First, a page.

pedophilia

Special Report — Bishops’ Pastoral Letter on Homosexuality: What the Bishops Didn’t Say

Published December 1, 1997
DEAL W. HUDSON

When reporting on “Always Our Children,” the secular media failed to note that this was not a document issued by the entire NCCB. What must be said at the outset is that a small committee of the bishops’ conference should not be allowed to use the media to shape opinion on Church teaching. Structural changes in the bishops’ conference must be made to ensure it truly speaks for all the bishops. They also need to review procedures for releasing statements to the press that are pastoral, not doctrinal, in nature. The press, not knowing better, completely ignores this distinction, thus ensuring that the “pastoral” teaching gets passed into the public square; as the “the Catholic Church now teaches. . . .”

No one can doubt the good intentions of those who have drawn up the document. Their desire to help anguished parents, and show compassion to homosexual men and women, is obvious throughout the text. Its concern is expressly pastoral, not doctrinal, meaning that the statement leaves out much Church teaching on homosexuality. At such a moment, it is helpful to remember what was left out.

Two generations ago, the phenomenon of homosexuality would have been fundamentally a personal matter, a truly individual pastoral concern. The classical personal moral norms developed by the Church would have been rather clearly, if not easily, applicable. If an individual experienced strong same-sex attractions, he or she would have to be vigilant in avoiding occasions of sin, such as gathering places for homosexual persons. He or she would have to “mortify” the imagination, avoiding unclean thoughts and inciting reading material. Two generations ago that would have been easier to do than in our own day. Homosexual gathering places were few and difficult to find, and homosexual pornography was almost nonexistent.

The earnest Catholic suffering from same-sex sexual attraction disorder used his common sense and avoided going on a weekend camping trip with a friend he found attractive, or would shower at home rather than in the YMCA locker room. Finally, there was always recourse to the sacraments, to penance, to the Eucharist, to retreats and spiritual direction.

Today homosexuality has developed into a social/cultural phenomenon. The first executive order President Bill Clinton issued after his inauguration overturned established military and legal tradition by admitting homosexual persons to military service. During both of President Clinton’s inaugural celebrations, there were special balls for homosexual persons. The inaugural parade featured a “family float” with homosexual couples. Major corporations have chosen to provide health care and other social benefits to homosexual partnerships. Princeton University opened its married graduate student housing to homosexual couples, excluding some heterosexual married couples because there was no longer enough housing available. Harvard University permitted a homosexual “wedding ceremony” in its chapel. The state of Hawaii seriously has considered granting legal marital status to homosexual partnerships.

A character on a national TV sitcom declares her homosexuality, and major news magazines celebrate the event with laudatory cover stories. Homosexual persons now proudly broadcast their proclivities by flying the homosexual rainbow flag from their windows and affixing homosexual symbols to their automobile bumpers. Homosexual activists take to the streets, linking arms in common cause with feminists to support access to abortion.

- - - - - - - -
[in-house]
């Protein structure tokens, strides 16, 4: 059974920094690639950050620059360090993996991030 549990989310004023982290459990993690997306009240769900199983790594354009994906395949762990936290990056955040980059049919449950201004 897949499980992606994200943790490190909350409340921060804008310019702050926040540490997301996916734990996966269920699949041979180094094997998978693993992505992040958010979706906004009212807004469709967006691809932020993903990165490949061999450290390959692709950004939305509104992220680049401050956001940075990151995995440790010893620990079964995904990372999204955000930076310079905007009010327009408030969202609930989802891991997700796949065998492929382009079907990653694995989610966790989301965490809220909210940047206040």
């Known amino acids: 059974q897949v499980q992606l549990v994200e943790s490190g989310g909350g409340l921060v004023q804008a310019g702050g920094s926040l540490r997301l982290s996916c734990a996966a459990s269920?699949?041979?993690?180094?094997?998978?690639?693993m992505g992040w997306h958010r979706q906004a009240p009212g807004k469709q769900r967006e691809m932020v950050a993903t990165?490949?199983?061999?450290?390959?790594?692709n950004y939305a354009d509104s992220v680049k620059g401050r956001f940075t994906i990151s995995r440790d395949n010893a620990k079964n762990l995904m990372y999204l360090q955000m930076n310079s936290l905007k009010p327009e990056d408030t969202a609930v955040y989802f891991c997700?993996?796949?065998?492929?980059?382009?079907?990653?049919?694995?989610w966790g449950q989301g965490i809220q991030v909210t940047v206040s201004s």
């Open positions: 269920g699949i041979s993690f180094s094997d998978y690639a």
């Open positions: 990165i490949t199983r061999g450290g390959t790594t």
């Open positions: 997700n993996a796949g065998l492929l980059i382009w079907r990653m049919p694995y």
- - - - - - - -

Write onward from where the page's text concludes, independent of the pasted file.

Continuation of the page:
Homosexuality has, over the past twenty years, become de rigueur. Now it is a cause celebre, the “in” thing. Undergraduates who formerly dabbled in leftish causes now dabble in homosexuality. Hardly a week goes by in which National Public Radio does not have a homosexual feature. Every major city now has “gay and lesbian” bookstores, cafes, theaters, gyms, restaurants, and newspapers.

What is most perplexing about “Always Our Children” is the total lack of acknowledgment—or even recognition—of this terribly complicating social/cultural phenomenon. Those well-intentioned people who, in their naive desire to be sensitive, use the ostensibly benign terms “gay” and “lesbian” do not see how this plays into the larger social picture. This lack of insight is even more perplexing when church ministers are asked to use the words homosexual, gay, and lesbian in “honest and accurate ways . . . from the pulpit.” The whole tenor of the pastoral message leads one to think that its authors would be horrified if those words were indeed used in “honest and accurate ways from the pulpit.” In that instance, “homosexual” would refer to one with a same-sex sexual attraction disorder that is ordered toward objectively sinful actions. “Gay” and “lesbian” would be identified as the charged political—indeed, ideological— terms that they are.

To name these realities accurately is no disservice to those who suffer from the disorder, but instead provides the basis for the kind of pastoral care and family solicitude homosexuals require.

The spiritual writers were unanimous in counseling immediate flight from any sexual temptation, avoiding even an occasion of sexual sin with the same rigor one would avoid the sin itself. One did not dally with sexual temptation, or be so arrogant as to think one could “handle” it— because experience had long shown that one would lose more often than not.

Sexual questions have always formed part of the training of Catholic priests. There was a time when the awesome power, the delicacy, and the divine character of human sexuality was so acknowledged that moral theologians, lecturing on sex, would don white surplices over their cassocks and keep a lighted candle on the desk! Such was the reverence— and the realism—shown by the teachers of the Church before the power of human sexuality.